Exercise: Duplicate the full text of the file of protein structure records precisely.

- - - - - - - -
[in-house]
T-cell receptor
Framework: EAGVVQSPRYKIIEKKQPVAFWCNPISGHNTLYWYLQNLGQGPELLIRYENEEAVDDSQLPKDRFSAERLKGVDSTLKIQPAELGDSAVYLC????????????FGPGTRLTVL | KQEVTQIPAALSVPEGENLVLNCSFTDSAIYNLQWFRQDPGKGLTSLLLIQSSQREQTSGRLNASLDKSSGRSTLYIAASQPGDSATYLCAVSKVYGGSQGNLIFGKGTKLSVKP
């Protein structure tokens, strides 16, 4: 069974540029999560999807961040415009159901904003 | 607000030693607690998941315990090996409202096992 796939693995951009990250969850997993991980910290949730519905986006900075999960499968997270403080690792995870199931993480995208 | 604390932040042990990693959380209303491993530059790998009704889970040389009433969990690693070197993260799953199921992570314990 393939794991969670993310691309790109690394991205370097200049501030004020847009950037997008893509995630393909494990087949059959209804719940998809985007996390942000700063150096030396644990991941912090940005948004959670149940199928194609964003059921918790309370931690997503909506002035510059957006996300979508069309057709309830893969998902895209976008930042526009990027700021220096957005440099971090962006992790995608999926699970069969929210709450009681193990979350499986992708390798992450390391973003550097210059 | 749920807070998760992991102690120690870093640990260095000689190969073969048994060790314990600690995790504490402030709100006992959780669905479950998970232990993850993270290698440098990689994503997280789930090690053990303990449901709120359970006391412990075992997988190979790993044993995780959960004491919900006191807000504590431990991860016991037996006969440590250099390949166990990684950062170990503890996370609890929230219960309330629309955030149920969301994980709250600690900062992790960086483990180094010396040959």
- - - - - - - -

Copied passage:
[in-house]
T-cell receptor
Framework: EAGVVQSPRYKIIEKKQPVAFWCNPISGHNTLYWYLQNLGQGPELLIRYENEEAVDDSQLPKDRFSAERLKGVDSTLKIQPAELGDSAVYLC????????????FGPGTRLTVL | KQEVTQIPAALSVPEGENLVLNCSFTDSAIYNLQWFRQDPGKGLTSLLLIQSSQREQTSGRLNASLDKSSGRSTLYIAASQPGDSATYLCAVSKVYGGSQGNLIFGKGTKLSVKP
């Protein structure tokens, strides 16, 4: 069974540029999560999807961040415009159901904003 | 607000030693607690998941315990090996409202096992 796939693995951009990250969850997993991980910290949730519905986006900075999960499968997270403080690792995870199931993480995208 | 604390932040042990990693959380209303491993530059790998009704889970040389009433969990690693070197993260799953199921992570314990 393939794991969670993310691309790109690394991205370097200049501030004020847009950037997008893509995630393909494990087949059959209804719940998809985007996390942000700063150096030396644990991941912090940005948004959670149940199928194609964003059921918790309370931690997503909506002035510059957006996300979508069309057709309830893969998902895209976008930042526009990027700021220096957005440099971090962006992790995608999926699970069969929210709450009681193990979350499986992708390798992450390391973003550097210059 | 749920807070998760992991102690120690870093640990260095000689190969073969048994060790314990600690995790504490402030709100006992959780669905479950998970232990993850993270290698440098990689994503997280789930090690053990303990449901709120359970006391412990075992997988190979790993044993995780959960004491919900006191807000504590431990991860016991037996006969440590250099390949166990990684950062170990503890996370609890929230219960309330629309955030149920969301994980709250600690900062992790960086483990180094010396040959």